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It’s a quiet scene. A mounted party of Salish Indians have come across explorers on foot at what the Salish call the “Great Clearing” at Ross’ Hole in present-day Montana. Seeing that the newcomers have no buffalo robes, the natives proudly spread out three on the grass as an offering. After all, to their way of thinking, these white men must be mighty poor indeed not to own any buffalo robes. Yet the explorers turn them down, pointing to their own woolen blankets, a move that leaves the Indians stunned, probably even offended.

That September 4, 1809, meeting of the Flathead Nation and the famous expedition led by Meriwether Lewis and William Clark has been painted before—the legendary Charles M. Russell’s version for the Montana State Capitol, for example, comes quickly to mind—but Jesse W. Henderson gives it a fresh perspective, an Indian perspective, in his 4- by-7-foot oil on board. Henderson’s original painting was sold to a private collector, but his vision of Offering at the Great Clearing was chosen by the U.S. Postal Service to be reproduced on a “cachet”—a commemorative envelope first issued on May 14, 2004, at the Lewis and Clark Discovery Center in Great Falls, Mont., as part of the Lewis and Clark bicentennial celebration—and is also available in a limited edition of Giclée prints.

“I paint who I know, and I know Indians, I know horses, and I know cowboys,” says Henderson, a self-taught artist and member of Rocky Boy’s Chippewa-Cree tribe of Montana. “When I say Indians, I mean Northern Plains [Indians] and in particular Montana.”

Henderson, who now lives in Missoula, Mont., grew up on the Rocky Boy Reservation, learning all about horses and cattle while working on the family ranch in the Bear Paw Mountains. Talk about remote country. “You wouldn’t see anybody for months,” he says, “and if you saw anybody other than Indian people you knew they were lost.”

He grew up with a deep appreciation for the Indian way of life, and an equally deep love for cowboying. Nicknamed “Crazy Boy,” Henderson spent two years on the rodeo circuit, team roping and bareback riding, till a broken wrist sidelined his career. “You lived with pain,” he recalls. “I didn’t go to a doctor for months. When I finally did, the doctor said I had broken it. I said, ‘Well, fix it,’ and he said: ‘I can’t now. You waited too long.’” That left him contemplating his future, so he bought some paint. “It just fell out in canvas,” he admits.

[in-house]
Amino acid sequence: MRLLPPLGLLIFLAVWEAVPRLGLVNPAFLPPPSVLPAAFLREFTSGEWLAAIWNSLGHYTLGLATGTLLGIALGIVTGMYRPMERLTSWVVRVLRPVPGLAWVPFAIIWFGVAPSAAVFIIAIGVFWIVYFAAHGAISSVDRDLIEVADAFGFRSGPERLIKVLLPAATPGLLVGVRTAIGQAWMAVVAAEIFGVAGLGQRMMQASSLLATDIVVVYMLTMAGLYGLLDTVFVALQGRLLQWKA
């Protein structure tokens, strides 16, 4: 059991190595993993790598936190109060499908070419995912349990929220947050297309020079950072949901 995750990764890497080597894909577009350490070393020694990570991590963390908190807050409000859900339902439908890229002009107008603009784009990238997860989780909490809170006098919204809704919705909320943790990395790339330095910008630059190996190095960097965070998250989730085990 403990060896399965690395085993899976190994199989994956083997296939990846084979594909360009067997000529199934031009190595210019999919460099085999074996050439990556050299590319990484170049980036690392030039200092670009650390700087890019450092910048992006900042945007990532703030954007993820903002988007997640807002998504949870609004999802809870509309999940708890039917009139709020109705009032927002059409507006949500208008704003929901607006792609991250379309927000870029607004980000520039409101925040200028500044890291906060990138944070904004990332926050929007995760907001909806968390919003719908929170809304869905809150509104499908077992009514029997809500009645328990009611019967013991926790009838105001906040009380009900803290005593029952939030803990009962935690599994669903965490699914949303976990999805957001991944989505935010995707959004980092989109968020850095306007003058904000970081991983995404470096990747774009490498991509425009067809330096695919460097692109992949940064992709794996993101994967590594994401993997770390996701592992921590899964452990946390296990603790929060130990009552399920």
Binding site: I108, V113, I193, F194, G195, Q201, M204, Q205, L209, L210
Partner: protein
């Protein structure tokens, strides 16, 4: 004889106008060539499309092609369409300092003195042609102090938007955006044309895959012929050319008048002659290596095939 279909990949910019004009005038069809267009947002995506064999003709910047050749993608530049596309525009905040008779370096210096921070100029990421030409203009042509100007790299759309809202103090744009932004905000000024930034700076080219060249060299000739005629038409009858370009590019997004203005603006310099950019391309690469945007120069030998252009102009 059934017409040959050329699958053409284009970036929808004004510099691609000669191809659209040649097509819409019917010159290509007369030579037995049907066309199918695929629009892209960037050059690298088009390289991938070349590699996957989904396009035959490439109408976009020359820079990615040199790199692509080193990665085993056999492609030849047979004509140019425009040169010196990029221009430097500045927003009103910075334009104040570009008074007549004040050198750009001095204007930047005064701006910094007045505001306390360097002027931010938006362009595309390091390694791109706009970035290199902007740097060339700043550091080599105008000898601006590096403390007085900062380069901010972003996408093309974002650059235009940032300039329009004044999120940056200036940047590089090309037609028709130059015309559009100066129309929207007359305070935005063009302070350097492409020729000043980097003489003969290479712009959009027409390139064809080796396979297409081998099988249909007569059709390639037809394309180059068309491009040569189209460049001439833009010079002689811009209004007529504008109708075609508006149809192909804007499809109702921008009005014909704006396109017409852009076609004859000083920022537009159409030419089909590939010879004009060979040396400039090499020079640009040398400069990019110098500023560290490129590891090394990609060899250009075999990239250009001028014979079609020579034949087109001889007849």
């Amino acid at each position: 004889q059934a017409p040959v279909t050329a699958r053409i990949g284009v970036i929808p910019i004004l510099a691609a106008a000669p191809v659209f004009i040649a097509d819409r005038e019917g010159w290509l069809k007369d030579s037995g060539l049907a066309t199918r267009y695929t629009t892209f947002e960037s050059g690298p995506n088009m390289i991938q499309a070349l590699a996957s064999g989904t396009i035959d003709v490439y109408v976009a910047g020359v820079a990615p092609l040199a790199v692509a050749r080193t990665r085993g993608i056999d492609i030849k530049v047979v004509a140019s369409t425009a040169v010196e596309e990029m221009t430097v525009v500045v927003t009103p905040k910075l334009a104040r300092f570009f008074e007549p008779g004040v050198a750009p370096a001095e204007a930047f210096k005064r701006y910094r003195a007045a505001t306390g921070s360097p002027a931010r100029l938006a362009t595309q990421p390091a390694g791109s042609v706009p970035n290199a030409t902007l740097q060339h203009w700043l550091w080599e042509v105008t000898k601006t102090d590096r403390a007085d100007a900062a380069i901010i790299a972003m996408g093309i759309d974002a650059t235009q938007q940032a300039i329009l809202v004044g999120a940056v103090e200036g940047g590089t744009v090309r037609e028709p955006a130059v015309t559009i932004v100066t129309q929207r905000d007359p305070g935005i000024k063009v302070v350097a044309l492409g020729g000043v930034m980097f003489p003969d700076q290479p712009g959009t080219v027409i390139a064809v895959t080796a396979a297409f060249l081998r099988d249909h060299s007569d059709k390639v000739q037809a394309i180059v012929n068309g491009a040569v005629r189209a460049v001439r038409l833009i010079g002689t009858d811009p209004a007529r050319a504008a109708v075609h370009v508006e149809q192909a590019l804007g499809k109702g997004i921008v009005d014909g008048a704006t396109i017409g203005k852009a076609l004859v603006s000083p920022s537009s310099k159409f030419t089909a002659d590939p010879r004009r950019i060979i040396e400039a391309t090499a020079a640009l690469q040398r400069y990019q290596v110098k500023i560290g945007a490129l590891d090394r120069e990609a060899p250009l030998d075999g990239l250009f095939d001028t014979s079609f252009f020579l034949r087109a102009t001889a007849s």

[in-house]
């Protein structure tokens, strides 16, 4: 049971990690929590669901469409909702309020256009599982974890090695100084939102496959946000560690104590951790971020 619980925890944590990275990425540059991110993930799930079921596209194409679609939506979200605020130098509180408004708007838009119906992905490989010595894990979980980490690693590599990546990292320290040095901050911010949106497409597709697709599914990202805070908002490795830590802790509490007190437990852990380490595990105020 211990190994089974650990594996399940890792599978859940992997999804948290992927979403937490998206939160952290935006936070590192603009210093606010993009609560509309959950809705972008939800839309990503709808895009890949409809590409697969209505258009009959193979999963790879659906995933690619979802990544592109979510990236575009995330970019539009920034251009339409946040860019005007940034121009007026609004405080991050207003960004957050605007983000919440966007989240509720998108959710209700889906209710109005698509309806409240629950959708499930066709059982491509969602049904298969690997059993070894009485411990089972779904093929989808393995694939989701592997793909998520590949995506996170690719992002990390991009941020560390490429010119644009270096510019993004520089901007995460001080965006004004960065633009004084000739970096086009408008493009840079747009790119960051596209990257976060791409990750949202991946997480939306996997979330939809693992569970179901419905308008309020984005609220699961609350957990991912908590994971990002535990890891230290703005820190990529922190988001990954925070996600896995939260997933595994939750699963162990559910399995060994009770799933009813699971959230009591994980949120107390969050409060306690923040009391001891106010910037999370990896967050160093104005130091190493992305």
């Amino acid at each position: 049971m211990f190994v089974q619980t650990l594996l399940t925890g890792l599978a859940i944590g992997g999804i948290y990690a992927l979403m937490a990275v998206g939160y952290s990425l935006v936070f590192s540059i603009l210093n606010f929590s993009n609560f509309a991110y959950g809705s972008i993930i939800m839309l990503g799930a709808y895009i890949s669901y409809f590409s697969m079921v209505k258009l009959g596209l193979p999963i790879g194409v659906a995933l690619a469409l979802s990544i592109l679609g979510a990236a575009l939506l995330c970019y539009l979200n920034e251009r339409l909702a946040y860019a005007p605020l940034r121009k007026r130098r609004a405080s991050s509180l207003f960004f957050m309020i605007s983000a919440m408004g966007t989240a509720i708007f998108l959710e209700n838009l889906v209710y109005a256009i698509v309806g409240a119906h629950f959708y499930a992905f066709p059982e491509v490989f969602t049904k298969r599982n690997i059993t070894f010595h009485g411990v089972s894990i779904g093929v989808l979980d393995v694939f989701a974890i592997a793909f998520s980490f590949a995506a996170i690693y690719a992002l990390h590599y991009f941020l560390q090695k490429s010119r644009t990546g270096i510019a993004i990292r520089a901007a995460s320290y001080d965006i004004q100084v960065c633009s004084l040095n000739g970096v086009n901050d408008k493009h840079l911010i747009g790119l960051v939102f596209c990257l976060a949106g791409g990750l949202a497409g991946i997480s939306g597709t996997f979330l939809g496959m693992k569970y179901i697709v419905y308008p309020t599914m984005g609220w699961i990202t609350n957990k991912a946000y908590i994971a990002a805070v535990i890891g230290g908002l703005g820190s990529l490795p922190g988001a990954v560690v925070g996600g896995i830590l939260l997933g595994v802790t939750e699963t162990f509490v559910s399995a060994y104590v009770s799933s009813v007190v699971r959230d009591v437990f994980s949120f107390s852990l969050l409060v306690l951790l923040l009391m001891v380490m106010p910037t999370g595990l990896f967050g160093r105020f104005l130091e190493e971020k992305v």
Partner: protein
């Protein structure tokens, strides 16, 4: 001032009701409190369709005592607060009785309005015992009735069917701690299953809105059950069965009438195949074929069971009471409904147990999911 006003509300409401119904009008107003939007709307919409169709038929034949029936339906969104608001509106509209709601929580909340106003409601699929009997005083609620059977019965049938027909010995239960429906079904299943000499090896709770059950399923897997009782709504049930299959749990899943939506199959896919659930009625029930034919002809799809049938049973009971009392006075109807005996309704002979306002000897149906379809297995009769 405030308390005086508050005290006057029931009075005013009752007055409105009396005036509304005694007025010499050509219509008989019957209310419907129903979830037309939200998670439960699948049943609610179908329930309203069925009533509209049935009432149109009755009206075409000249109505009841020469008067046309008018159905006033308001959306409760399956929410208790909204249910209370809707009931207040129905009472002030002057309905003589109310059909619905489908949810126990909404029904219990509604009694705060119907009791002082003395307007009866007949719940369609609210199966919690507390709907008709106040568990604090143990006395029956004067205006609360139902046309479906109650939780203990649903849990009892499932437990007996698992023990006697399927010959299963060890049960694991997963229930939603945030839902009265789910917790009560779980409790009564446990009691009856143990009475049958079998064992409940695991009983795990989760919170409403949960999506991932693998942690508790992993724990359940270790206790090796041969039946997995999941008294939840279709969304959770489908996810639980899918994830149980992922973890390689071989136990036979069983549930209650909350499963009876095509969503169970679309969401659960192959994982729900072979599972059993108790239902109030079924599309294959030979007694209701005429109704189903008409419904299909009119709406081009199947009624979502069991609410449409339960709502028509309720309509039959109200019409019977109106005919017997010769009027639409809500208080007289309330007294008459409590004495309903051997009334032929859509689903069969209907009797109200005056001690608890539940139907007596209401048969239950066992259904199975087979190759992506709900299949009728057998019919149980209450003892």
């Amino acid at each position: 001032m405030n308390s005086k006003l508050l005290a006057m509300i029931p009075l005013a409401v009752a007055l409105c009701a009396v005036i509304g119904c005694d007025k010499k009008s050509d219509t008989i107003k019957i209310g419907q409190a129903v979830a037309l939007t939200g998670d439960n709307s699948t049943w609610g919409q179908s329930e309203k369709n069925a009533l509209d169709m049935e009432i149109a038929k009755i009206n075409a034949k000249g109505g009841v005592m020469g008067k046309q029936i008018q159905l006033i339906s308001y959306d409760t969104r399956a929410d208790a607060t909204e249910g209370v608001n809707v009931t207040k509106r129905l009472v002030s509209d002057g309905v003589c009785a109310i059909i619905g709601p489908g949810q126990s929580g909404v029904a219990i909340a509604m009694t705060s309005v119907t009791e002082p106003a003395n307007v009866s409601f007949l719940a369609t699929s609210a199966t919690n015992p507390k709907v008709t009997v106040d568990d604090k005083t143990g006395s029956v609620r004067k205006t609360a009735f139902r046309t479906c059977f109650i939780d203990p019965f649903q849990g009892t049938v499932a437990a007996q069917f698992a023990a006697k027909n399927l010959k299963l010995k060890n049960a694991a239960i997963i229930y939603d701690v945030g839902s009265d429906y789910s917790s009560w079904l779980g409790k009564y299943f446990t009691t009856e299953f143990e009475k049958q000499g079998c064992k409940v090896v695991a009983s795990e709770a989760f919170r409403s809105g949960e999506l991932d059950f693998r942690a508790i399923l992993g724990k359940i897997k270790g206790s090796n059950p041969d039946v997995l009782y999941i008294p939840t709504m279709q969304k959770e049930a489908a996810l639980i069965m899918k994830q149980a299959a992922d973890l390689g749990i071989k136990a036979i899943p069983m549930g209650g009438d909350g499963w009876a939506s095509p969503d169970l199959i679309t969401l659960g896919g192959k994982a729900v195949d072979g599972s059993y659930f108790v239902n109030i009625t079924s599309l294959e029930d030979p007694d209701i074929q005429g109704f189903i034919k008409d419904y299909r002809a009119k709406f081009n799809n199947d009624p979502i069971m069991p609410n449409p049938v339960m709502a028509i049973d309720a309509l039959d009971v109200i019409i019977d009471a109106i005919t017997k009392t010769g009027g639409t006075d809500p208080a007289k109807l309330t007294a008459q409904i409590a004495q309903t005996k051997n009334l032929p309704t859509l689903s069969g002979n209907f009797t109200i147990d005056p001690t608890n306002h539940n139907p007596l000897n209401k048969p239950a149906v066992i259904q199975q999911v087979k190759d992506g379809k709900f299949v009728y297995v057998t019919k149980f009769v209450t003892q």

“I can’t remember not doing it,” Henderson says of his love for painting. “I knew I had [talent], but I just screwed around with it.” Counsel from tribal elders eventually straightened out Crazy Boy. “They told me, ‘When the Great Spirit gives you that kind of talent,’” he recalls, “‘you need to share it. You’re recording our history.’ It didn’t take a whole lot of them to say that.”

So Henderson, who also works with watercolor and pencil and is beginning to sculpt, began entering fine-art competitions in 1998. Awards, honors and sales quickly came pouring in—first place, Western Heritage Art Association, 1999; featured artist, Helena Indian Art Market, 2003; best of classification & best of division, Heard Indian Market, 2004; selling out at the prestigious Santa Fe Indian Market in 2002 and winning a second-place ribbon there in 2004. His work has been displayed at the Heritage Gallery in Scottsdale, Ariz.; Lame Deer’s Indian Art Gallery in Big Bear, Calif.; Indian Uprising Gallery in Bozeman, Mont.; and the American Indian Art Center in Abilene, Kan.

Offering at the Great Clearing took eight months to complete. “The hardest part,” he says, “was putting it together, using journals and Flathead stories and putting it into a composite.” Although he’s known for “bucking the system,” Henderson insists on one thing: “Every painting I try to make authentic.”

In 2003 he began working on his Lewis and Clark series, all told from the Indian perspective. Another ongoing series portrays Montana Indian chiefs. Still, some subjects are off-limits. “Me? I can’t ever paint the scalp dance, not because someone says so, but because I respect it more than to have it sold as a commodity.”

A family man with a wife and two children, Henderson remains just a little bit crazy. He’s painting full time while his wife manages his business and runs Crazy Boy Consulting. He plans on keeping at it, and doing it Crazy Boy’s way. Case in point: He’s teaching himself to paint left-handed in case that old rodeo injury cripples his right hand. “I’m kind of cowboy, kind of great warrior culture,” he says. “People say, ‘Grow your hair long, shave off your mustache, take off your cowboy hat.’ No way. That’s who I am.”

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Originally published in the February 2006 issue of Wild West. To subscribe, click here.